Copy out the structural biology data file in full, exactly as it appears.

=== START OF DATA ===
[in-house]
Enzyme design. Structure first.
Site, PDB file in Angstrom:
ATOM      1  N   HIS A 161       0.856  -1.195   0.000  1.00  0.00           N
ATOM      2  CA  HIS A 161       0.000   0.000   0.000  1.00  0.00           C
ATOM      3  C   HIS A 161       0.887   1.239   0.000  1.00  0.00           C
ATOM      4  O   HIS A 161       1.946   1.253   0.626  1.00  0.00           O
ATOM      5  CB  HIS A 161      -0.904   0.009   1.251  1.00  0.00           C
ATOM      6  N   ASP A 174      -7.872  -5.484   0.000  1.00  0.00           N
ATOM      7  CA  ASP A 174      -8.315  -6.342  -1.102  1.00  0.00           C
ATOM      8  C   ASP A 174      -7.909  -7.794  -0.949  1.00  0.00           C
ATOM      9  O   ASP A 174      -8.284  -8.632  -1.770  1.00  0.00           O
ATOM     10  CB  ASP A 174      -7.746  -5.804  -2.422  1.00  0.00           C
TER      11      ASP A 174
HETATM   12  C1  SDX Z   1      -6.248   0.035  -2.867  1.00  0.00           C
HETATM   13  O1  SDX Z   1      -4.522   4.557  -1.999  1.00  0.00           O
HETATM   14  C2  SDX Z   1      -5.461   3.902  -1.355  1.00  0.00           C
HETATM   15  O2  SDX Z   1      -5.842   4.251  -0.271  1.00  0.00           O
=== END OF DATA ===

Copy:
[in-house]
Enzyme design. Structure first.
Site, PDB file in Angstrom:
ATOM      1  N   HIS A 161       0.856  -1.195   0.000  1.00  0.00           N
ATOM      2  CA  HIS A 161       0.000   0.000   0.000  1.00  0.00           C
ATOM      3  C   HIS A 161       0.887   1.239   0.000  1.00  0.00           C
ATOM      4  O   HIS A 161       1.946   1.253   0.626  1.00  0.00           O
ATOM      5  CB  HIS A 161      -0.904   0.009   1.251  1.00  0.00           C
ATOM      6  N   ASP A 174      -7.872  -5.484   0.000  1.00  0.00           N
ATOM      7  CA  ASP A 174      -8.315  -6.342  -1.102  1.00  0.00           C
ATOM      8  C   ASP A 174      -7.909  -7.794  -0.949  1.00  0.00           C
ATOM      9  O   ASP A 174      -8.284  -8.632  -1.770  1.00  0.00           O
ATOM     10  CB  ASP A 174      -7.746  -5.804  -2.422  1.00  0.00           C
TER      11      ASP A 174
HETATM   12  C1  SDX Z   1      -6.248   0.035  -2.867  1.00  0.00           C
HETATM   13  O1  SDX Z   1      -4.522   4.557  -1.999  1.00  0.00           O
HETATM   14  C2  SDX Z   1      -5.461   3.902  -1.355  1.00  0.00           C
HETATM   15  O2  SDX Z   1      -5.842   4.251  -0.271  1.00  0.00           O